. . . from the thick grass at the foot of the bush there came a low hiss—a horrid cold sound that made Rikki-tikki jump back two clear feet. Then inch by inch out of the grass rose up the head and spread hood of Nag, the big black cobra. . . . and he looked at Rikki-tikki with the wicked snake’s eyes that never change their expression. . . .

Both objective and subjective adjectives are used to describe him: while an adjective like ‘‘black’’ reflects an objective observation, other adjectives, such as ‘‘horrid’’ ‘‘cold,’’ and ‘‘wicked’’ that do the most to cast Nag as evil, are descriptions based not on fact but on the narrator’s subjective bias.

Aside from these subjective descriptions, however, there is little else to indicate why Nag—and by extension, his wife Nagaina—merit the attribution of evil.

The concept of evil itself is, of course, also subjective. It is commonly applied to that which falls outside of the bounds of the laws and morals that govern a particular society. It might be construed that the snakes are evil because they kill—but killing, in the world of the bungalow garden, is not an act that deviates from its laws. The only governing law is the law of survival, by which all the characters, snakes included, are primarily motivated.

The big man who lives in the bungalow does not hesitate to keep a mongoose to kill snakes or to use his shotgun against the snakes as well (as he does twice in the story) in order to protect himself and his family from death. At the same time, Nag and Nagaina would not hesitate to kill the humans in order to preserve their lives and the lives of their children: That survival is their sole motivation in attacking the humans and Rikki-tikki-tavi is evident when Nagaina explains the rationale of their ambush to Nag: ‘‘When the house is emptied of people . . . [Rikki-tikki-tavi] will have to go away, and then the garden will be our own again. . . . So long as the bungalow is empty, we are king and queen of the garden; and remember that as soon as our eggs in the melon-bed hatch . . . our children will need room and quiet.’’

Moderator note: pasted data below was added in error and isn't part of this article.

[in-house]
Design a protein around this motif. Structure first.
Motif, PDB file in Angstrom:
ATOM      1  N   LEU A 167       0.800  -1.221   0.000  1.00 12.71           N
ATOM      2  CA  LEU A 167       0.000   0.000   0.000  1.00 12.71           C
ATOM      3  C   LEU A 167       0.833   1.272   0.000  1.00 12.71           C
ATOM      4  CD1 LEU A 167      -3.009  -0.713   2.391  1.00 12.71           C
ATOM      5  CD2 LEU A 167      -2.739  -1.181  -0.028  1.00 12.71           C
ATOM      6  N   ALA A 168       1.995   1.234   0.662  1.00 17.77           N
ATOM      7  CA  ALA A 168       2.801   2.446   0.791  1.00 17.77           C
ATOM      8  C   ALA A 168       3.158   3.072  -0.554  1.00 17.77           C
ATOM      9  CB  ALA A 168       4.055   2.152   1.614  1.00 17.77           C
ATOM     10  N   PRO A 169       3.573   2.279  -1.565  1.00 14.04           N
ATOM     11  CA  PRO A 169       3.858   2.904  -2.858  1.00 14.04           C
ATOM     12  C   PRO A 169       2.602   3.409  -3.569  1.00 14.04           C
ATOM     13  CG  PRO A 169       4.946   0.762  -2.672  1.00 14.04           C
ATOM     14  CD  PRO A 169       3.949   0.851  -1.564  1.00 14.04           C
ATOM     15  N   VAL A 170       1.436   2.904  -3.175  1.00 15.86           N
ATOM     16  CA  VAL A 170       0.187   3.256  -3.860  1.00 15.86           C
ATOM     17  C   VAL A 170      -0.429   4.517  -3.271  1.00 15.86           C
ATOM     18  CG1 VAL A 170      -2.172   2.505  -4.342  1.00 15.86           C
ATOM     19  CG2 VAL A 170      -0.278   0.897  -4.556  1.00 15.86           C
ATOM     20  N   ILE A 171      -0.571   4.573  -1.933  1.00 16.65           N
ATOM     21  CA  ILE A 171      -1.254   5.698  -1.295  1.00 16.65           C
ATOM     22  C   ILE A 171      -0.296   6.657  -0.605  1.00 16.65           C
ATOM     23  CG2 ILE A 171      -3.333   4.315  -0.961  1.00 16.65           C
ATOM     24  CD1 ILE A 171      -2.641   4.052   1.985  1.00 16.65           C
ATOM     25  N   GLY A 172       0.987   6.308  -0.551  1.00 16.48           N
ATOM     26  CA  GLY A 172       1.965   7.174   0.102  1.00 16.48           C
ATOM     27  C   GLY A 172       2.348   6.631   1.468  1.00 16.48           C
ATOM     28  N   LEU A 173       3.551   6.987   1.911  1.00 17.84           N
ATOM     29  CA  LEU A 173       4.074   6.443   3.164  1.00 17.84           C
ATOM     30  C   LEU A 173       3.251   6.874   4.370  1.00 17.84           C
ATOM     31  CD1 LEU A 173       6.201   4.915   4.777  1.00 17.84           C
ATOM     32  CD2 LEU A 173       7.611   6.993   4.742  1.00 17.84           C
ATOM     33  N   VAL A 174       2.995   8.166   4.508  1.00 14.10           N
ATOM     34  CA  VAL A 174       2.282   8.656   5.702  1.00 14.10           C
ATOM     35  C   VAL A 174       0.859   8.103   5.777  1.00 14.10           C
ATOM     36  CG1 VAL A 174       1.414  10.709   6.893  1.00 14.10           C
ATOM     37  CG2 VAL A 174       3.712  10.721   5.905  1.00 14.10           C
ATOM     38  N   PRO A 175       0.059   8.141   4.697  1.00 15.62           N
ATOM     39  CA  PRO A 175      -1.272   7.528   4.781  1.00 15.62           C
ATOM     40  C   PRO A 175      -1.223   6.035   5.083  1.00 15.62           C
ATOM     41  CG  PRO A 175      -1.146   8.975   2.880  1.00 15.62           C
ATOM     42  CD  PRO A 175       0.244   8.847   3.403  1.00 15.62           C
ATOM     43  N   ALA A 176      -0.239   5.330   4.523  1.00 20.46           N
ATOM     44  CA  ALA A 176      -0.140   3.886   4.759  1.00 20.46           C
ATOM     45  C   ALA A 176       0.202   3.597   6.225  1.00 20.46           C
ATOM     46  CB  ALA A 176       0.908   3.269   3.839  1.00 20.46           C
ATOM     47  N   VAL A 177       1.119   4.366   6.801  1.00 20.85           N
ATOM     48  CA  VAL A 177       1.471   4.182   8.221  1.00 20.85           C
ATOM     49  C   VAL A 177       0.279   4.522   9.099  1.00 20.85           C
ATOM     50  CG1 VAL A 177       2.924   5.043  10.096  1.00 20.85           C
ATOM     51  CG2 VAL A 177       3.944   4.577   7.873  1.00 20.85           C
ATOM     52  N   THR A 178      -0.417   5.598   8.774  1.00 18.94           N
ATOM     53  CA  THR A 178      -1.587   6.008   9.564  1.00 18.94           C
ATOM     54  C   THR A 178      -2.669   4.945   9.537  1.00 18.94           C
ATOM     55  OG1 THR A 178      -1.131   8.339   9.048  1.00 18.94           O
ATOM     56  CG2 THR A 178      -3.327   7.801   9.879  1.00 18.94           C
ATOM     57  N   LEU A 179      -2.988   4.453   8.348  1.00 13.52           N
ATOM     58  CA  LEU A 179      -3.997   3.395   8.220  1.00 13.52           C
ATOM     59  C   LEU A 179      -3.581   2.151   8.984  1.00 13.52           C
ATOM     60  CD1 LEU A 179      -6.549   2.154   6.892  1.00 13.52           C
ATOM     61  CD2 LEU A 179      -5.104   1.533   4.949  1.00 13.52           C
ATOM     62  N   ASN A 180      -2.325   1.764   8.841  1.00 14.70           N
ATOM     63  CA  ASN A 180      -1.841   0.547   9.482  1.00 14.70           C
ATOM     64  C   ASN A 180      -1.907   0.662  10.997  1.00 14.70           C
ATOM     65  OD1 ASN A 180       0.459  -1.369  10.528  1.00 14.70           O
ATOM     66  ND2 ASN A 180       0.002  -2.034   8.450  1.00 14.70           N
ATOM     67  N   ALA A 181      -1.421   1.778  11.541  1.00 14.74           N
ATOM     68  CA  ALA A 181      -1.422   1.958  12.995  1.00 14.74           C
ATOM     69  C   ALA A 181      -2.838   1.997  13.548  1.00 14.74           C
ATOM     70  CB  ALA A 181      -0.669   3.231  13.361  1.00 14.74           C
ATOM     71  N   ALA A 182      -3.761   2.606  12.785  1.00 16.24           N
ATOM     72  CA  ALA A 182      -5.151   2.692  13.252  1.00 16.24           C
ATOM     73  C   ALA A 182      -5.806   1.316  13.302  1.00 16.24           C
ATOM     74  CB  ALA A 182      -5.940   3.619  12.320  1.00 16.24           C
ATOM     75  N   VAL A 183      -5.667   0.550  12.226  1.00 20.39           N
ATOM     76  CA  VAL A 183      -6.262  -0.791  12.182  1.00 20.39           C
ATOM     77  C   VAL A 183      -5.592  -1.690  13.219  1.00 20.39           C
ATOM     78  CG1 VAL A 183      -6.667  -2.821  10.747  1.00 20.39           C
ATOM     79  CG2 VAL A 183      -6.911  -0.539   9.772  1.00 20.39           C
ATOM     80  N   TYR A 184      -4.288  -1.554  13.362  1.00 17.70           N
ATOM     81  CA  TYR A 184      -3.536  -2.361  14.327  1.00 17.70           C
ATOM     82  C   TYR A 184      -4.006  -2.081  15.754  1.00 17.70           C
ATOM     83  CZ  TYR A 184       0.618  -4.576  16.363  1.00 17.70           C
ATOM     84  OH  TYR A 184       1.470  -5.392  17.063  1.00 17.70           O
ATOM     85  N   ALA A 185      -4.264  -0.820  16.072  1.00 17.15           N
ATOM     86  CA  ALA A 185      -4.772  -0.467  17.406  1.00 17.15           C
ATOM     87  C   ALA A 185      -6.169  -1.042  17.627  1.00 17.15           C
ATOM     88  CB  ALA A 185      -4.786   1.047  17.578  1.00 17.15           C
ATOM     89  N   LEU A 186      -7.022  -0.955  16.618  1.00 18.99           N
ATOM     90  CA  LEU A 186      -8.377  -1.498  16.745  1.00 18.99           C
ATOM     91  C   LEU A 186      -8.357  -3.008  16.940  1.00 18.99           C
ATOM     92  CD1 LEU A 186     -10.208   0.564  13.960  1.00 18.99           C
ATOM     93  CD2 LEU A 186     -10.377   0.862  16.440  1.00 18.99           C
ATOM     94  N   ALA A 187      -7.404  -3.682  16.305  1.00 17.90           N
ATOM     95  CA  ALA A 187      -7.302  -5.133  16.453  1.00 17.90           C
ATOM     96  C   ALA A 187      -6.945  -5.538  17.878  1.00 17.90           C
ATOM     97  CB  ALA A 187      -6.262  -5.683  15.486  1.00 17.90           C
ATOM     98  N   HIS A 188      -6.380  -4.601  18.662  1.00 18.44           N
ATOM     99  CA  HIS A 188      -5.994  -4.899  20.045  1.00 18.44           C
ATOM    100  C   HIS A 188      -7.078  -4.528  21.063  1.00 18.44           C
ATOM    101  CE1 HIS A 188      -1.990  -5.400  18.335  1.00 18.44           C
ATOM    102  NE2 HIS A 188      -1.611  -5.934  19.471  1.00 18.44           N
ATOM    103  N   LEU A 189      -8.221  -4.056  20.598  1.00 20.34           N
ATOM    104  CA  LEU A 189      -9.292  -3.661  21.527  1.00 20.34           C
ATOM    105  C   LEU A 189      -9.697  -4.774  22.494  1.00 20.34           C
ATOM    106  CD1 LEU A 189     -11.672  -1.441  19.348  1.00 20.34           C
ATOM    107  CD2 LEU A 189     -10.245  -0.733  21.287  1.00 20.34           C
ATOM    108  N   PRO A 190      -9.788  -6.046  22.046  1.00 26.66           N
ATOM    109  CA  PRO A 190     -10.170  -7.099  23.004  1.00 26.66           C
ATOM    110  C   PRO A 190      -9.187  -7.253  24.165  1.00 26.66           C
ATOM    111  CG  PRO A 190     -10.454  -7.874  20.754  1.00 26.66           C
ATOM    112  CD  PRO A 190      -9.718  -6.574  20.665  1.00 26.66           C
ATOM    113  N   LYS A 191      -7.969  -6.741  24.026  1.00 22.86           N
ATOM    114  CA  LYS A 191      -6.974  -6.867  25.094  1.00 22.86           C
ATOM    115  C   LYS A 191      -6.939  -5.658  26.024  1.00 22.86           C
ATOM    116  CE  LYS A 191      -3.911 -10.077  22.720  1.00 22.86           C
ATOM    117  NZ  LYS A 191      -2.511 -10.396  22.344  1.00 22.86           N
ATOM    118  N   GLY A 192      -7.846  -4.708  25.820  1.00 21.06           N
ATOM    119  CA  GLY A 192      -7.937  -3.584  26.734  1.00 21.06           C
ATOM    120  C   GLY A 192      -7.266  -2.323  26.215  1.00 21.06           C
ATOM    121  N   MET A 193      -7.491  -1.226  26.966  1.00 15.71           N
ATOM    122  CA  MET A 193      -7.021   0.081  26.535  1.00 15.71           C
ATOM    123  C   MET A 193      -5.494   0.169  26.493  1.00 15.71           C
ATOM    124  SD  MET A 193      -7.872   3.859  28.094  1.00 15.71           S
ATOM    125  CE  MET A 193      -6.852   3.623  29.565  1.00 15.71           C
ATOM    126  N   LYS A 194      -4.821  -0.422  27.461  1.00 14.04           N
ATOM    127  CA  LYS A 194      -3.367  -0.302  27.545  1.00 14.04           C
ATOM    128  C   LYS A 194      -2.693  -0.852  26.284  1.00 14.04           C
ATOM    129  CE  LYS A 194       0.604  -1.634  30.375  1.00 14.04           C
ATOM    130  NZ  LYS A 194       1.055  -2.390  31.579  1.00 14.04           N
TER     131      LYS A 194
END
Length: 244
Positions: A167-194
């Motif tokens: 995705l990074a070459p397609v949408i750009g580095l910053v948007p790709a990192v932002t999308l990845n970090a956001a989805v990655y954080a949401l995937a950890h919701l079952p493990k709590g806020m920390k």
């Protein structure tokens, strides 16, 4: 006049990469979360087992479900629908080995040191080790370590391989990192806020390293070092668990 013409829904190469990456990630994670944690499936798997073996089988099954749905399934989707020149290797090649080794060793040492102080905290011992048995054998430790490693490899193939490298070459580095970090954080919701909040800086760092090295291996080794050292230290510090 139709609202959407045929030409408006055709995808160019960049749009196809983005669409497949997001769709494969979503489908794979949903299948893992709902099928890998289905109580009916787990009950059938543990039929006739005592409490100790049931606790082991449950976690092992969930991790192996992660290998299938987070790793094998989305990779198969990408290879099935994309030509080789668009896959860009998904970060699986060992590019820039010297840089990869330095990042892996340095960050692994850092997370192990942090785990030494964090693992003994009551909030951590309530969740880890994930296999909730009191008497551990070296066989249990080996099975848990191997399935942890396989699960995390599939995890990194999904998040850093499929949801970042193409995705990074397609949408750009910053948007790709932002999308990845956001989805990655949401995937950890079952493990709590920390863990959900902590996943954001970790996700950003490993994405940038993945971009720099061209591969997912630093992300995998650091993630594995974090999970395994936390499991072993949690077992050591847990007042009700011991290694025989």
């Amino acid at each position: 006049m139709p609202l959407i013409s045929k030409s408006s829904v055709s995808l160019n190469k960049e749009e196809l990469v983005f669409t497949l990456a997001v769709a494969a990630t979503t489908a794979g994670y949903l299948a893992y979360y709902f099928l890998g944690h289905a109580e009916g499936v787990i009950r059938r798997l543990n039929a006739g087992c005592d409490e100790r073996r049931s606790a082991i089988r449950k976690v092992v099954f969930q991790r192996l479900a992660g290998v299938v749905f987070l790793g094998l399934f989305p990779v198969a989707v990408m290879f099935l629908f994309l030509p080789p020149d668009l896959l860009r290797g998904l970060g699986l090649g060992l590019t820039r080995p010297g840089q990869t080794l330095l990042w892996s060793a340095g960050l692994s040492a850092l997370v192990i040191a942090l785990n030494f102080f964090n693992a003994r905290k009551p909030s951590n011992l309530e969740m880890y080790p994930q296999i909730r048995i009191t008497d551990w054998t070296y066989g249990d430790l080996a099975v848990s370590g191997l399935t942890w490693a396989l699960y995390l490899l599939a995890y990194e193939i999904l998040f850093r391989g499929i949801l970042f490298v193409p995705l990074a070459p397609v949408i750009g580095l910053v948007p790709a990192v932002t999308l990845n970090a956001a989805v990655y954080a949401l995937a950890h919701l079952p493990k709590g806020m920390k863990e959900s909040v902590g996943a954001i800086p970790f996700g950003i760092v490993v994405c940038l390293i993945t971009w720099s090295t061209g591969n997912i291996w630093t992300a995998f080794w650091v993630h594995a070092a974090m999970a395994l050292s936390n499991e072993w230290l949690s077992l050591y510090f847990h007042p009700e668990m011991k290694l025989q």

Not only is killing for survival regarded as acceptable behavior, it is exalted as heroic. Rikkitikki- tavi is deemed a hero for bringing about the death of Nag and Nagaina. He even resorts to what would otherwise be considered less-than-scrupulous means to achieve his triumph when he fatally attacks a sleeping Nag. In fact, the only character who expresses any reluctance at killing—Darzee the tailorbird, who refuses to help Rikki destroy the cobras’ eggs—is called ‘‘a feather-brained little fellow’’ for not understanding that the act of taking life is vital to his own self-preservation.

The narrator’s choice of adjectives in describing the snakes, then, is not justified by any evidence of deviant behavior. The perception of the snakes as evil, therefore, is based solely on the snakes’ adversarial relationship to Rikki-tikki-tavi and especially to the human family.

Indeed, the narrative voice’s bias towards the human family’s point of view not only casts the snakes as evil, but it idealizes and, therefore, depicts as good the human family. Rikki-tikki considers himself to be a lucky mongoose for having been taken in by a human family because ‘‘every wellbrought- up mongoose always hopes to be a house mongoose.’’ The narrative goes further than simply idealizing all of humanity, however, in specifying that ‘‘Rikki-tikki’s mother . . . had carefully told Rikki what to do if ever he...

(The entire section is 1864 words.)